Shaggy to headline Spring Fling

Last Monday, All Campus Entertainment (ACE) announced via a banner in Paresky that reggae singer Shaggy will headline Spring Fling 2017. Rapper Jerreau will perform as the opener for the concert, which will take place on April 7 in Towne Field House.

Shaggy is a reggae fusion singer, best known for hit singles “It Wasn’t Me,” “Boombastic” and “Angel.” He has released 12 studio albums, with the most recent being Out of Many, One Music in 2013. In 1996, Shaggy won the Grammy for Best Reggae Album with Boombastic. He has also been nominated for five other Grammy awards.

ACE announced that reggae singer Shaggy will headline Spring Fling in Towne Field House on April 7. Photo courtesy of

Jerreau just released his debut album Never How You Plan on the streaming service SoundCloud in April 2016. He is best known for his hit single “Really Got It,” which he performed in Cleveland during Game Four of the 2016 NBA Finals.

As ACE co-concert chairs, Elizabeth Sullivan ’18 and Madison Feeney ’19 have the task of signing artists for Spring Fling. Like most years, Sullivan and Feeney began the entire process by asking for student input.

“In the fall, we sent an all-campus email with a focus on personal music choices to get a good sense of what people are listening too,” Sullivan said. “We wanted to give people the opportunity to share their opinion even if they are not on ACE. It’s important for us to collect these responses and analyze them so that we know what the entire campus is listening to.”

One question asked students to list their ideal Spring Fling headliner. “People do not always understand who we are capable of booking,” Feeney said.

“We wish we could get their favorite artists or the artists they listen to most, like Beyoncé for example, but we don’t have financial capacity among other factors,” Sullivan added.

For the last few years, Spring Fling has been free of charge for all students. “CC [College Council] is really generous in the way that [it]prioritizes Spring Fling and understands that a concert of this magnitude does require a big budget,” Sullivan said. Sullivan explained that most schools charge students anywhere from $30 to upwards of $100 to attend their version of Spring Fling.

After receiving results from the survey, ACE began the planning process. “We asked ourselves, what type of events do we think Williams students would want to go to, and we think about which kinds of events have been historically well attended,” Sullivan said.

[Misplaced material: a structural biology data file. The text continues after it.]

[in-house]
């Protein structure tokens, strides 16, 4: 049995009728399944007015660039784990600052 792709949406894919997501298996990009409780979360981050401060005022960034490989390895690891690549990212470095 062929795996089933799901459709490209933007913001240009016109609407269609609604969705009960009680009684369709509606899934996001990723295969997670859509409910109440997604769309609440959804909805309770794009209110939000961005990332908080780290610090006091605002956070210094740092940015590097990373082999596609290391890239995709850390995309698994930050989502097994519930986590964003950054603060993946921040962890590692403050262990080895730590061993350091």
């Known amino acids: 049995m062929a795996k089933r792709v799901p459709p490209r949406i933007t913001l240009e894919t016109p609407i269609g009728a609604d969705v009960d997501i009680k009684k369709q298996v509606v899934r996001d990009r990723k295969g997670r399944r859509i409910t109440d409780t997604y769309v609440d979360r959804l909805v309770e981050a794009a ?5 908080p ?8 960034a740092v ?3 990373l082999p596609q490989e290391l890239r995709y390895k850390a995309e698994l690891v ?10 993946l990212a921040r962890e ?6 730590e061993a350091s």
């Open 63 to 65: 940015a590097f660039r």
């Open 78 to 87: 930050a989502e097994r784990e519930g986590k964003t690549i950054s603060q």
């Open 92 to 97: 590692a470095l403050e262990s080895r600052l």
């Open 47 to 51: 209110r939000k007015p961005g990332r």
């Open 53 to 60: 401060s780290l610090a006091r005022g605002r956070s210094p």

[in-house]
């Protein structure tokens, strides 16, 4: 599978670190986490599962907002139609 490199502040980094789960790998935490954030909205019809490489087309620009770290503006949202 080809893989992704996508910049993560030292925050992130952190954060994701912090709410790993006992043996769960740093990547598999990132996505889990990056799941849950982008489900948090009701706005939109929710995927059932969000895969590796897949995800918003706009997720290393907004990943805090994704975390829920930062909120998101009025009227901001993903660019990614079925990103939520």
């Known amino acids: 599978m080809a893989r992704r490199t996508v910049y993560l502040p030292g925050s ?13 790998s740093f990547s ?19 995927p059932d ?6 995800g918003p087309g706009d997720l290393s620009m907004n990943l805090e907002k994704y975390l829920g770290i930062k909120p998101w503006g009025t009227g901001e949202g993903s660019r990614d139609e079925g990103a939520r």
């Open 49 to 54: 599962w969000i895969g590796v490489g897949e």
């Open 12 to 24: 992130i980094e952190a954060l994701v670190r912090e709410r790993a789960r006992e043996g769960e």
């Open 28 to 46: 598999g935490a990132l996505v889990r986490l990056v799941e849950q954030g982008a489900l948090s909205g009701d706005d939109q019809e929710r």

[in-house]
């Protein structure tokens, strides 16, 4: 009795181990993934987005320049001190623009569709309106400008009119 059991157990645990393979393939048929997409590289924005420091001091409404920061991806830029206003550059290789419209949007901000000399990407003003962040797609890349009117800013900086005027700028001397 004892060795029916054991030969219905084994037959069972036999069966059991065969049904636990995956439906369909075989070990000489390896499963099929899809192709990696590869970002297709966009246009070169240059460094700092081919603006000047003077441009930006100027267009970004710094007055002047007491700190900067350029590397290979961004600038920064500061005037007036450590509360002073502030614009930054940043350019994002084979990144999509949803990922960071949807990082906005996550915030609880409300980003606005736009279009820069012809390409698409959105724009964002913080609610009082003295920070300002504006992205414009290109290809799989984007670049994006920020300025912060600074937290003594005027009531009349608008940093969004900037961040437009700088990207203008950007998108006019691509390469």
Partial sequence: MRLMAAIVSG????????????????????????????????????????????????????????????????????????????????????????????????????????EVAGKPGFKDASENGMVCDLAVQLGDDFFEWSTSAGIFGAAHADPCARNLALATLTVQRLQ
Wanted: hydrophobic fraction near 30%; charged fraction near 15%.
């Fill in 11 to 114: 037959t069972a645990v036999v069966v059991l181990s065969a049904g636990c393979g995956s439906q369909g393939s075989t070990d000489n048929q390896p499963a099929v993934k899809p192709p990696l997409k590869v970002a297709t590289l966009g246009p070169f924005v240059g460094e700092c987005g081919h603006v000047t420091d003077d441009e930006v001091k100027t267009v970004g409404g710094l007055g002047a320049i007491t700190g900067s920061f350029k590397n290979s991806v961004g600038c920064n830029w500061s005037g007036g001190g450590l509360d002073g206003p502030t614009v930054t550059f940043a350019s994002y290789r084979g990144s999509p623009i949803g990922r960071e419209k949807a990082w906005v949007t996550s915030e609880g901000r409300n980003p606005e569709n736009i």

Both Sullivan and Feeney explained that EDM concerts have been popular and well-attended in recent years. “People really like EDM because of the atmosphere. We have seen the results. A lot of people will go,” Sullivan said. “But the focus is less on the artist or the music, and some people think that EDM is just pressing computer buttons.”

This year, ACE received feedback that students were listening to more throwbacks. “The trend is going back,” Feeney said. ACE reached out to Shaggy and Jerreau this past fall and recently received final signatures from both artists.

“[Shaggy] is iconic and easy to listen to,” Sullivan said. “We wanted someone who would fit with a really fun time of year … I think spring is the best time to be on campus.”

On the other hand, Sullivan encouraged students to come on time to also see Jerreau. “Students will get the opportunity to see someone who is really up and coming,” she said. “LeBron [James] also really likes him.”

Spring Fling, the largest concert on campus each year, will take place in the Field House, which has a capacity of 1200 people,  for the second year. In previous years, the concert often took place in Lassell Gym, which only has a capacity of 800. Sullivan and Feeney are also excited that the concert will be on the first Friday after Spring Break. “It will be really nice to set the tone, and hopefully people will get excited,” Sullivan said.

Above all else, Sullivan emphasized that Spring Fling is intended to be different each year. “Every year it varies, but we always take into account as many people’s perspectives as possible. We know that it is impossible to please every student on this campus but we listen to all of the input we receive and we work as hard as we can to use this information to provide students with a concert they can feel happy with. We also encourage people to come to ACE and be a part of the process if they would like to get more involved.”

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